Mat Savelli, Sarah Marks, eds. Psychiatry in Communist Europe. Houndmills, Basingstoke, Hampshire: Palgrave Macmillan, 2015. 240 pp. $90.00 (cloth), ISBN 978-1-137-49091-9.
Reviewed by Susan Burch (Middlebury College)
Published on H-Disability (January, 2016)
Commissioned by Iain C. Hutchison (University of Glasgow)
Challenging standard interpretations of psychiatry in communist-era Europe, this collection offers important contributions to the social history of medicine. The ten chapters illustrate a rich variety of topics, particularly around treatment options, national-cultural differences, and contest within the Soviet psychiatric profession. As the editors astutely note, global politics and culture wars across the twentieth and twenty-first centuries have strongly shaped historical studies of psychiatry in communist Europe. They acknowledge the powerful impact of "psychiatric abuse"--a phrase commonly invoked to describe Soviet efforts to discredit and subdue political dissidents and ideas that challenged the state. According to Mat Savelli and Sarah Marks, however, "the intensity of debate regarding the issue of psychiatric abuse has, on the whole, deflected attention away from attempts to understand the development of psychiatry in Eastern Europe and the USSR in a wider context" (p. 6). Consequently, their anthology primarily explores less familiar terrain.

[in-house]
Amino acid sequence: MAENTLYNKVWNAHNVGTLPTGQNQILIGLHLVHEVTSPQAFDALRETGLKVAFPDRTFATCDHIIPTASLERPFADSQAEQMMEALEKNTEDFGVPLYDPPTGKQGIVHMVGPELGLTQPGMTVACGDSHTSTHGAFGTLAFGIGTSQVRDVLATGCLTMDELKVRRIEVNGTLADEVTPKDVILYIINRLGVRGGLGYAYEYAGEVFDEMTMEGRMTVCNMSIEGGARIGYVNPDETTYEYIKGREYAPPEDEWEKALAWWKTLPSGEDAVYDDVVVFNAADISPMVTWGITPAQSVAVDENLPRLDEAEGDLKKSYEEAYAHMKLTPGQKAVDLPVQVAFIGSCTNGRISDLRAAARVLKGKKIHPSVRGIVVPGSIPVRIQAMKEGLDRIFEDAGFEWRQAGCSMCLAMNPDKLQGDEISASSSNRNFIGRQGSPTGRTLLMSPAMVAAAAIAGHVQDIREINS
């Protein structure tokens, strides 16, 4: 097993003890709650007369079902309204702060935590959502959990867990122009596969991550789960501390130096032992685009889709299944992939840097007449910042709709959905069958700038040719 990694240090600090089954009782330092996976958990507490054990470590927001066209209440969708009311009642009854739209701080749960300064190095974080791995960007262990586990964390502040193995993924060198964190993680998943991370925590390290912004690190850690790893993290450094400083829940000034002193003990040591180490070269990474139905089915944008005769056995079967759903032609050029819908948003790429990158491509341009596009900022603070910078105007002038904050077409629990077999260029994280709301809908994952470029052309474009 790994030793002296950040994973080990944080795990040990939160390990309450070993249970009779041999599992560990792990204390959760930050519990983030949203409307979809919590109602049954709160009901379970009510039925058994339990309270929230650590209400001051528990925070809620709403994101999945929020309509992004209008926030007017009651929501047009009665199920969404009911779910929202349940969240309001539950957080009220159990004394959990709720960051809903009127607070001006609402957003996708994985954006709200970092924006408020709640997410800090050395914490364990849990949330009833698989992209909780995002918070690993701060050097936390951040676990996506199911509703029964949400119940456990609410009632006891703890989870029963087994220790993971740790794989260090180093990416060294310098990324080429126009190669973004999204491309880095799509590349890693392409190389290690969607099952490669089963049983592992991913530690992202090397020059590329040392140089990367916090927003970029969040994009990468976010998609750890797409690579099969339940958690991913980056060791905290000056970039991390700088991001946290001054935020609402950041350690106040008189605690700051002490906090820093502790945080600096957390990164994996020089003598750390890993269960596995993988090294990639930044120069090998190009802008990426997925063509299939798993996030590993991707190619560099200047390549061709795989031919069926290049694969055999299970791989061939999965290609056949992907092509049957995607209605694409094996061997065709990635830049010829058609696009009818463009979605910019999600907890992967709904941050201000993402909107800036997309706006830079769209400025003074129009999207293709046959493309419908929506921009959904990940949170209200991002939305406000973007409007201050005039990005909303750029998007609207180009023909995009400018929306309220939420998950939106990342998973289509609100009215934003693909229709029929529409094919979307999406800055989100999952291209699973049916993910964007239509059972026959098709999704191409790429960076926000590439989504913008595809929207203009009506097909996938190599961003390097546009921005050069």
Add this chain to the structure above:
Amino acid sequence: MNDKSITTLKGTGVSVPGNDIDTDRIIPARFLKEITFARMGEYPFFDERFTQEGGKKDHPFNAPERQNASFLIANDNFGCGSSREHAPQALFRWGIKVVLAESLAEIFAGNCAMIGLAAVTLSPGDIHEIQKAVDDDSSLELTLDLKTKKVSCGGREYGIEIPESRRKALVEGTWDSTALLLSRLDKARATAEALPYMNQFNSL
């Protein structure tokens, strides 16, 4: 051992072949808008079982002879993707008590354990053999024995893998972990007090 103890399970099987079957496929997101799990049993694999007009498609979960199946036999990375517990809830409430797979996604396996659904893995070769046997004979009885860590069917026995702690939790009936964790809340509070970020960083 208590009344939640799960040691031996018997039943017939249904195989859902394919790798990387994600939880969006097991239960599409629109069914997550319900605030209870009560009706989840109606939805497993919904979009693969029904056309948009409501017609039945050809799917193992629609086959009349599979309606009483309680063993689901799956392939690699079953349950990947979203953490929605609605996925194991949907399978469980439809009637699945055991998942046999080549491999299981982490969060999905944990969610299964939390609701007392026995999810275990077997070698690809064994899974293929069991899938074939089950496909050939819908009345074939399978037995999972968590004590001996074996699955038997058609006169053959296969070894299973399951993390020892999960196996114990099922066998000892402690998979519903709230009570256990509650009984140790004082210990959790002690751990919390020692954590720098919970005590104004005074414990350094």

Each chapter centers on a different geographical context. This is a great asset of the work. As counter-stories to one another, the various focused studies of communist Czechoslovakia, Hungary, Romania, Russia, and Yugoslavia shatter the stereotype of the Soviet bloc as monolithic (and primarily ethnically Russian). Those generally interested in the USSR will appreciate the editors’ introduction, which details some of the complex and fractured relations between members of the Soviet Union. It also acknowledges gaps in the research collection, such as the absence of essays about Albania. Overall, the scholarly scope of the volume is varied--mostly to the anthology’s benefit. Some essays examine individual institutions: one particularly vivid work details the (in)famous Kaschenko Hospital outside of Moscow as a way to understand the impact of broad forces across the USSR and the power of individual medical professionals. Other works consider large regions, such as Central Asia or the whole USSR, highlighting tensions between center and periphery. Tensions in the field of religious diversity are, however, confined primarily to discussion on indigenous (Muslim) healers in Central Asia.